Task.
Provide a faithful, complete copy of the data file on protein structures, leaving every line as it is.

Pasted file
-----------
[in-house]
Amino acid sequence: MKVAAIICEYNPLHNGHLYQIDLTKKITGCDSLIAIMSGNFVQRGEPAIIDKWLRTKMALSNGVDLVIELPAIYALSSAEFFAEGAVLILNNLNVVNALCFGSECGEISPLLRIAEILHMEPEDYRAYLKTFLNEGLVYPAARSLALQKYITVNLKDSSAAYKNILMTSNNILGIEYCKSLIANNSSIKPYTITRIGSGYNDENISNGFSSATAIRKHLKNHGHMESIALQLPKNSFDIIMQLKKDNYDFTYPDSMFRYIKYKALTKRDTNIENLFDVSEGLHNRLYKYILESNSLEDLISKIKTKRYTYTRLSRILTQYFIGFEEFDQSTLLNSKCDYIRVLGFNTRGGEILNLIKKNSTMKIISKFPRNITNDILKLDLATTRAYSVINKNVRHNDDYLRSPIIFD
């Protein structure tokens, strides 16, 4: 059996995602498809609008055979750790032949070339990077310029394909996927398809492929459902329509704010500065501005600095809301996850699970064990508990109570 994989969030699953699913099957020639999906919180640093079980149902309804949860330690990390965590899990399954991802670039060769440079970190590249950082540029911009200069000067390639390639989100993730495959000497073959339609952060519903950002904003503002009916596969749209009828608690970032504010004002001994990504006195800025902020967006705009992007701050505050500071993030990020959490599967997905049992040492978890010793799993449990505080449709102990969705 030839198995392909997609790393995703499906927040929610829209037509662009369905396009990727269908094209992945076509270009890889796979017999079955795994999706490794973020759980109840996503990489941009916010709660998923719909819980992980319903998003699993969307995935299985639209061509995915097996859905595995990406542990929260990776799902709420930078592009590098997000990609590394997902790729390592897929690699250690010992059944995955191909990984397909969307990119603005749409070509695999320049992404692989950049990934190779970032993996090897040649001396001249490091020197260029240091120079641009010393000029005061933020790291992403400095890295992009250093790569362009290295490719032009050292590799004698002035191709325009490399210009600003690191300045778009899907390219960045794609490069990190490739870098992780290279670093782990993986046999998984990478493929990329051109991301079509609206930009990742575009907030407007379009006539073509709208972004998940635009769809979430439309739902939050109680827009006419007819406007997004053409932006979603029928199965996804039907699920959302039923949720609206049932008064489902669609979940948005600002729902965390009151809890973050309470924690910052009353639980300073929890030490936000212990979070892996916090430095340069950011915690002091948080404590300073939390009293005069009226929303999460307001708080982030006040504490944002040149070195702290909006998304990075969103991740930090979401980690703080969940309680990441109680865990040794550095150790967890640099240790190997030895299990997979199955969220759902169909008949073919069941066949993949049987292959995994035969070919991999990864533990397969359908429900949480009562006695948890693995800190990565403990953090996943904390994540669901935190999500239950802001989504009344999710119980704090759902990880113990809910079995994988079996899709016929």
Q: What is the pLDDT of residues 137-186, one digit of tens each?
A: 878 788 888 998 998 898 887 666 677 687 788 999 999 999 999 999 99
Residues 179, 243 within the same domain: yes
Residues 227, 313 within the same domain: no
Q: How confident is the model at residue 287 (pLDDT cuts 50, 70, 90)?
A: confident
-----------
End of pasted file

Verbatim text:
[in-house]
Amino acid sequence: MKVAAIICEYNPLHNGHLYQIDLTKKITGCDSLIAIMSGNFVQRGEPAIIDKWLRTKMALSNGVDLVIELPAIYALSSAEFFAEGAVLILNNLNVVNALCFGSECGEISPLLRIAEILHMEPEDYRAYLKTFLNEGLVYPAARSLALQKYITVNLKDSSAAYKNILMTSNNILGIEYCKSLIANNSSIKPYTITRIGSGYNDENISNGFSSATAIRKHLKNHGHMESIALQLPKNSFDIIMQLKKDNYDFTYPDSMFRYIKYKALTKRDTNIENLFDVSEGLHNRLYKYILESNSLEDLISKIKTKRYTYTRLSRILTQYFIGFEEFDQSTLLNSKCDYIRVLGFNTRGGEILNLIKKNSTMKIISKFPRNITNDILKLDLATTRAYSVINKNVRHNDDYLRSPIIFD
């Protein structure tokens, strides 16, 4: 059996995602498809609008055979750790032949070339990077310029394909996927398809492929459902329509704010500065501005600095809301996850699970064990508990109570 994989969030699953699913099957020639999906919180640093079980149902309804949860330690990390965590899990399954991802670039060769440079970190590249950082540029911009200069000067390639390639989100993730495959000497073959339609952060519903950002904003503002009916596969749209009828608690970032504010004002001994990504006195800025902020967006705009992007701050505050500071993030990020959490599967997905049992040492978890010793799993449990505080449709102990969705 030839198995392909997609790393995703499906927040929610829209037509662009369905396009990727269908094209992945076509270009890889796979017999079955795994999706490794973020759980109840996503990489941009916010709660998923719909819980992980319903998003699993969307995935299985639209061509995915097996859905595995990406542990929260990776799902709420930078592009590098997000990609590394997902790729390592897929690699250690010992059944995955191909990984397909969307990119603005749409070509695999320049992404692989950049990934190779970032993996090897040649001396001249490091020197260029240091120079641009010393000029005061933020790291992403400095890295992009250093790569362009290295490719032009050292590799004698002035191709325009490399210009600003690191300045778009899907390219960045794609490069990190490739870098992780290279670093782990993986046999998984990478493929990329051109991301079509609206930009990742575009907030407007379009006539073509709208972004998940635009769809979430439309739902939050109680827009006419007819406007997004053409932006979603029928199965996804039907699920959302039923949720609206049932008064489902669609979940948005600002729902965390009151809890973050309470924690910052009353639980300073929890030490936000212990979070892996916090430095340069950011915690002091948080404590300073939390009293005069009226929303999460307001708080982030006040504490944002040149070195702290909006998304990075969103991740930090979401980690703080969940309680990441109680865990040794550095150790967890640099240790190997030895299990997979199955969220759902169909008949073919069941066949993949049987292959995994035969070919991999990864533990397969359908429900949480009562006695948890693995800190990565403990953090996943904390994540669901935190999500239950802001989504009344999710119980704090759902990880113990809910079995994988079996899709016929």
Q: What is the pLDDT of residues 137-186, one digit of tens each?
A: 878 788 888 998 998 898 887 666 677 687 788 999 999 999 999 999 99
Residues 179, 243 within the same domain: yes
Residues 227, 313 within the same domain: no
Q: How confident is the model at residue 287 (pLDDT cuts 50, 70, 90)?
A: confident